5 Myths About Network Performance Management
by June 1, 2011

Filed under: Network Performance Management, Performance Management Tech

Network Performance Myths and FactsWith the meteoric rise in enterprise deployments of IP-based services, network performance management has joined security at the top of every CTO’s list of concerns. It has become imperative to monitor end-to-end network performance from the point of delivery to the point of consumption from the user’s perspective, in order to know whether service levels are being met. For many organizations, nothing short of their ability to conduct business is at stake. Yet misconceptions about network performance management still linger. Are one or more of these “myths” putting your business services at risk?

Myth #1: We haven’t yet moved to “the cloud” so we don’t need network performance   management. You need to manage network performance if your business relies on any IP-based applications – not just cloud-based applications. These include: Software-as-a-Service (SaaS) applications like Salesforce.com or SAP Business ByDesign; Online backup; Collaboration applications like Sharepoint; mobile communications and presence-enabled applications; IP storage; Virtual desktop.

Many of today’s network-dependent applications degrade rapidly and crash abruptly if network performance falls below a specific threshold. These applications need not only sufficient bandwidth, but also minimal latency, jitter and packet loss. Even minor performance issues often result in problems like degraded VoIP call quality, slow application responsiveness, or complete service failure.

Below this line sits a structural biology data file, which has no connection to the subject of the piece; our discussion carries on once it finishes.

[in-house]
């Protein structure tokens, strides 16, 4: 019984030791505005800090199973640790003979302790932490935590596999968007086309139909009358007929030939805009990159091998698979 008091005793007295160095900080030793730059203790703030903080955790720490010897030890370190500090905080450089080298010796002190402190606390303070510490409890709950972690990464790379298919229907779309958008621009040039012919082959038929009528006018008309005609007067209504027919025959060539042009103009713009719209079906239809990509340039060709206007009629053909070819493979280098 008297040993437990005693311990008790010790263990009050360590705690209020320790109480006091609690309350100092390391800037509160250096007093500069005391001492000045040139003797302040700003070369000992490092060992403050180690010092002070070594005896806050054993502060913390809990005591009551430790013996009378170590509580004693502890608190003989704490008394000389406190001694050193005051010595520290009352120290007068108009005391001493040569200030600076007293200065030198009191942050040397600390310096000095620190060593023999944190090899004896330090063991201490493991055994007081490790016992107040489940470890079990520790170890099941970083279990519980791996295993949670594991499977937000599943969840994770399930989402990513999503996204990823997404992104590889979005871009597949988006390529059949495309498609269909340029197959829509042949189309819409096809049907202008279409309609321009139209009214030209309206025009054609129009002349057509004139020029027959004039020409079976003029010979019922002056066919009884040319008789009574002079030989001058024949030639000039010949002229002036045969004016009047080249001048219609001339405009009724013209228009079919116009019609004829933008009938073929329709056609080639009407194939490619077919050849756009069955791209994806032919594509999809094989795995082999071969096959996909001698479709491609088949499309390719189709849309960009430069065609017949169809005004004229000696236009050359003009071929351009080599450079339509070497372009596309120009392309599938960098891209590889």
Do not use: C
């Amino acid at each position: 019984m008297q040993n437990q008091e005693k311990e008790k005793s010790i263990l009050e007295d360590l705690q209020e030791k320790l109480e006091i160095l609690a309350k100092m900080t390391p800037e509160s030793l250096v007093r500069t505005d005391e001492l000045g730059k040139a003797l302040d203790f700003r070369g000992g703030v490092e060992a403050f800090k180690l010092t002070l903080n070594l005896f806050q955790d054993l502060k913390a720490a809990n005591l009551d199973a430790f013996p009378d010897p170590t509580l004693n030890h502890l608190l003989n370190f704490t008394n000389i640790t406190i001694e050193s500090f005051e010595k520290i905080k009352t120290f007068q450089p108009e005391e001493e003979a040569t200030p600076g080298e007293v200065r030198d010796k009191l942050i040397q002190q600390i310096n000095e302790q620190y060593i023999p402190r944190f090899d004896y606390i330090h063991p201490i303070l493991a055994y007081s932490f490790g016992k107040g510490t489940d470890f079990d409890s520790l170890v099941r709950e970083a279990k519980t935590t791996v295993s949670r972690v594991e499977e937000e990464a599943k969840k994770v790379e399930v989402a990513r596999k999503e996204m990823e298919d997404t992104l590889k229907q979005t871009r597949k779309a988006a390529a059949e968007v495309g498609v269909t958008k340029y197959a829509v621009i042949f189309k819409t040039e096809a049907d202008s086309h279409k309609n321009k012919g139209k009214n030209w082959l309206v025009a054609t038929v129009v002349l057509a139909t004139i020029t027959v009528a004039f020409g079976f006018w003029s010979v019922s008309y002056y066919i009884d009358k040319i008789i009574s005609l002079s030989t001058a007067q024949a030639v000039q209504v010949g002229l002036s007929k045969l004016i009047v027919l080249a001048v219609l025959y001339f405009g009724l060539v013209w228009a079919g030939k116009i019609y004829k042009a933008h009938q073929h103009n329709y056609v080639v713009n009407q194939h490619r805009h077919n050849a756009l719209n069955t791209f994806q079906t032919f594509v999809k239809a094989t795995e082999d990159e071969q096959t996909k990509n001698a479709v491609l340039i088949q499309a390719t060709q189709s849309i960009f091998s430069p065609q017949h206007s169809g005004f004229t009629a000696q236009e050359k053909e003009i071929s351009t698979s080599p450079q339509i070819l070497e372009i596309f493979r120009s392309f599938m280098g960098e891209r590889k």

Myth #2: Can’t we do that with ping checks? While ping checks can give you a rough idea of the latency users are experiencing with web-based applications, they cannot provide the detailed network performance data you need to monitor user experience and ensure adherence to service levels.

Myth #3: Our cloud/SaaS provider will take care of that for us. Cloud-based application delivery totally depends on high-bandwidth, low-latency network performance. But that’s not your cloud provider’s problem. Most providers are not responsible for anything beyond their data centers and networks. They are not contractually obligated to monitor the delivery of hosted services end-to-end to your users, across networks they don’t control. One reason for this is that most cloud services run on TCP, which is highly location dependent. The distance that packets traverse between the cloud and the service consumers is a significant factor in overall performance. To monitor service levels across your distributed user base, your business needs the capability to remotely and continuously monitor whatever network infrastructure (WAN, remote LAN, VPN and/or web-based) supports the IP-based applications your users are consuming.

Myth #4: Our data center performance management tools have us covered. SNMP-based network management tools aren’t capable of monitoring the experience of users accessing remote, IP-based services, which depends on real-time network performance. Traditional netflow analysis tools can help, but they are expensive to deploy and manage and often consume significant bandwidth themselves. Most organizations therefore don’t have netflow analysis capability against remote offices – which is where it’s needed most. Without network performance management, it’s very difficult to know whether service levels are acceptable, and how what individual applications are consuming what slice of available capacity.

Myth #5: The technology is too expensive and infrastructure intensive for our remote sites. While this may have been true in the past – it is no longer. AppNeta currently offers affordable, instant-value network performance management solutions that enable you to ensure service levels across all data center, remote office, mobile and cloud environments. AppNeta’s cloud-based Pathview Cloud service delivers unequaled insight into users’ experience of network performance, while providing immediate time-to-value and on-demand scalability.